Since movement therapy, which can also be used on the non-affected side, is likely to be more effective and less costly, this is what would happen.  As for what is the optimal amount of “rehabbing” from a specific side, there are a variety of theories and opinions on this. In a study of the effects of movement therapy on the function, growth, and development of young children with injuries to the arms and legs, the authors concluded:
Our study identified an interesting interaction between the effects of movement therapy on growth of the injured arm and foot. In general, the lower arm muscles were shown to gain more than the upper arm muscles during the therapeutic treatment, with lower limb activities like standing up or walking gaining more than high limb activities. This indicated that, in this special case, the recovery from damage can also be achieved by movements to a more proximal side of the injured limb, which may be achieved with the use of movement therapy  The use of movement therapy to achieve growth of the arm muscles is known in occupational therapy. As a result of this, it may be possible to achieve a better outcome by using movement therapy to strengthen only one side only . 
The same article summarizes the history of the use of movement therapy for limbs with injuries to different side and points to potential problems. This is also illustrated in a recent article by Chiao Pian, et al. which discusses the issues that arise when using different types of movement therapy.  A common issue identified was that of a “lack of integration”. These two issues do not necessarily mean that all types of movement therapy are ineffective. Movement therapy for children with a loss of arm or leg muscle strength needs to have a mix of therapies in order to achieve results and can often overlap with other types of therapies such as exercise therapy and/or exercise therapy for sports injuries. For instance, although Chiao et al. were not able to determine its effectiveness on a small child, they were able to show that the use of movement therapy was not necessarily limited to the injured arm.  In a recent study, Chiang et al. compared movement therapy and physical therapy for joint injury in children with no limbs. The participants were 6 to 8 years old. They did not make use of any medications or other treatment for the injuries. They were compared with 6 to 8 year old children with limbs that had been amputated or had been affected in one way or another by either motor neuron disease, muscular dystrophy, or myasthenia gravis. The authors concluded from this that exercise therapy should not be dismissed as a treatment. Instead, they recommend its use by the parents and care givers of patients with limb loss to assist them in achieving more favorable outcomes. 
The authors were interested in both the use of muscle strengthening exercises to prevent and reduce the development of weakness and chronic pain in the limbs that arise out of injury.  They also showed that both movement interventions can result in greater functional outcomes and greater physical activity.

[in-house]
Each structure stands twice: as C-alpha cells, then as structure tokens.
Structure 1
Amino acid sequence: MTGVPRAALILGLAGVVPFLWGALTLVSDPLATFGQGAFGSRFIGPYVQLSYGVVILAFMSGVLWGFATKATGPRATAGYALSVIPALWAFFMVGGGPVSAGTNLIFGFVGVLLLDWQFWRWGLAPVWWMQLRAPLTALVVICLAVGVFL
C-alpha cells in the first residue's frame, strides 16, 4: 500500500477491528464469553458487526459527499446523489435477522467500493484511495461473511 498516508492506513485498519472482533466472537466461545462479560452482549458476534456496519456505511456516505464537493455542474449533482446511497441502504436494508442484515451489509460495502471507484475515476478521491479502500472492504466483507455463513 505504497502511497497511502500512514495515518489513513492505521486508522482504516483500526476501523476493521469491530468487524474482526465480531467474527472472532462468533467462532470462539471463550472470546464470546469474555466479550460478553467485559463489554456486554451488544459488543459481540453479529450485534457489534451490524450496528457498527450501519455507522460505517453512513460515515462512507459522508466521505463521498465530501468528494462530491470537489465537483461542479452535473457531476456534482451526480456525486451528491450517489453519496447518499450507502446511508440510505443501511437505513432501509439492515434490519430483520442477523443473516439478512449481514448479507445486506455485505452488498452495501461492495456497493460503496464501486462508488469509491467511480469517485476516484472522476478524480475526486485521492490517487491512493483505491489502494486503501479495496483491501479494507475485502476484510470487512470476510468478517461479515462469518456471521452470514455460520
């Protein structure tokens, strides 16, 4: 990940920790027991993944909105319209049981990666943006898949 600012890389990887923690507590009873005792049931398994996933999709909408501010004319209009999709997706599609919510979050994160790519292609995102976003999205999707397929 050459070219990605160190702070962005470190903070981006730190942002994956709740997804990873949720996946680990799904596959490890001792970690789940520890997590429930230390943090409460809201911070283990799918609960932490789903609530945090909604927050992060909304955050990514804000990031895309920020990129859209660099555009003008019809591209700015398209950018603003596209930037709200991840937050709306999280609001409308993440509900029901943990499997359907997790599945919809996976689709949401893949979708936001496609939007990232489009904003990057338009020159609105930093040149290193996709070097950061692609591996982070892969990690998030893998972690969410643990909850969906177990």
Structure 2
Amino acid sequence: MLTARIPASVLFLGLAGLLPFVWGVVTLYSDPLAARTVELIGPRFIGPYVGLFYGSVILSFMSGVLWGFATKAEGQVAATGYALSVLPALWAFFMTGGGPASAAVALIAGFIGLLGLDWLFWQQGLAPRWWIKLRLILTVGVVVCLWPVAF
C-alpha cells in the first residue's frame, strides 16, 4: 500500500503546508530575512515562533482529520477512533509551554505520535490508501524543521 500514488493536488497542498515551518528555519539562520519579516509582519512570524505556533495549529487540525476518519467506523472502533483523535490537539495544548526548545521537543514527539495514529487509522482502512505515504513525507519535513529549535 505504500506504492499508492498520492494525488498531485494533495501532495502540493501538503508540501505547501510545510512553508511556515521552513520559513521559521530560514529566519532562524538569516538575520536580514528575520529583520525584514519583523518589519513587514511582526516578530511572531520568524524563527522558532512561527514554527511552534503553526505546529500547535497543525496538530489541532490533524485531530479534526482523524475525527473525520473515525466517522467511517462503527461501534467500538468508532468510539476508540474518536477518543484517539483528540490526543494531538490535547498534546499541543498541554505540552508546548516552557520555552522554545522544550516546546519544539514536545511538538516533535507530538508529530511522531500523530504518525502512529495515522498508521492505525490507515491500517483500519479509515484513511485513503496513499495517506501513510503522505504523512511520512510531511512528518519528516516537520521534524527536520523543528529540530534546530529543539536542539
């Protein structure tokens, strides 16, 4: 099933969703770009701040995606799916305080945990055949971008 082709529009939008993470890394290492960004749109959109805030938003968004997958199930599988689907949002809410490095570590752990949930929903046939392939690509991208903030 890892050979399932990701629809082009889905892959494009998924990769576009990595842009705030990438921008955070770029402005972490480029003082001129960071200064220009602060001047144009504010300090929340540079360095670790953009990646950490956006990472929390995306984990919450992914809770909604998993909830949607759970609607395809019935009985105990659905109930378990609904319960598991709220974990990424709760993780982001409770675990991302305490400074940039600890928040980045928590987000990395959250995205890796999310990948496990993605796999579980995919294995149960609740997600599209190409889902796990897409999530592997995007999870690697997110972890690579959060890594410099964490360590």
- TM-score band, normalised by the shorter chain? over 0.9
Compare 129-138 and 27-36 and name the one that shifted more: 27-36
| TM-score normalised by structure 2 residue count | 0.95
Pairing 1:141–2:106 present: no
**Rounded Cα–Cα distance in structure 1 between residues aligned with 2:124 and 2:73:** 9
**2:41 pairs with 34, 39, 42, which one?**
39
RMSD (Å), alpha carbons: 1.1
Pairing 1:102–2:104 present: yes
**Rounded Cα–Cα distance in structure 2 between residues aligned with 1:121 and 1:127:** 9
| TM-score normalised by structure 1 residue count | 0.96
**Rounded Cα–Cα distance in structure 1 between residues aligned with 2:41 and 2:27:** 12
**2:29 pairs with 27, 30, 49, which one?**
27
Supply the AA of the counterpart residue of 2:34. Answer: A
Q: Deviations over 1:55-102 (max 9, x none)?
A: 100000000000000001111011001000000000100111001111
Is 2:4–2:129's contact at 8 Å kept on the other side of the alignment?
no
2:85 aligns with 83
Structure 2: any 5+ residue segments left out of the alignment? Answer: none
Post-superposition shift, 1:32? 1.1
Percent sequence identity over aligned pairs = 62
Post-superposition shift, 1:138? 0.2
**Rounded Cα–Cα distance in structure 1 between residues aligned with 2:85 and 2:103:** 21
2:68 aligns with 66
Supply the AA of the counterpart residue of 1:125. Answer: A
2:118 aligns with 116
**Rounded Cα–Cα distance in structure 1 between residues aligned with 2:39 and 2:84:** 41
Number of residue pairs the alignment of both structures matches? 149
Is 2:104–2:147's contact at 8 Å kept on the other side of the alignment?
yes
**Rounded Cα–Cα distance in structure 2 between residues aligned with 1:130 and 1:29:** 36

Although studies of the use of movement therapy for limb loss are scanty at present, there is much anecdotal evidence to support the use of movement therapy to treat limb loss. Two cases in which movement therapy and exercise therapy for limb loss were combined have been mentioned previously , and another case of a patient who had an amputation and was using movement therapy was referred by a specialist. The patient was successfully treated and his recovery was reported to have been “almost complete” . 
A recent case report has shown the importance of joint mobility and the use of movement therapy to improve function and function following joint injury, in terms of both recovery and quality of life . This case study involved a 46-year-old woman who was a dual-sport athlete who experienced significant problems with mobility in her left and right arms. The woman’s hand and wrist had been fractured when she was a child and were permanently damaged by her playing sports. One arm was paralyzed, while the other arm was not (as the result of a previous fracture). She started using daily exercises and had many positive results. After two or three months the other arm was working much better and she became a personal trainer. She was able to play at the adult level and had become more social and better with her family. She was using movement therapy alone rather than activity therapy as a result of being able to take this approach. She felt this approach had a positive effect not only on her physical performance of sports but also in her mood. 
As discussed, there is evidence that use of particular therapies for leg pain is associated with less treatment and quality of life, but the literature has been mixed.
The use of specific exercises and the use of movement therapy for the treatment of knee pain is a well-known type of movement therapy. A review of various studies, as indicated earlier, suggests that there is a trend for higher benefits with specific exercise programs than with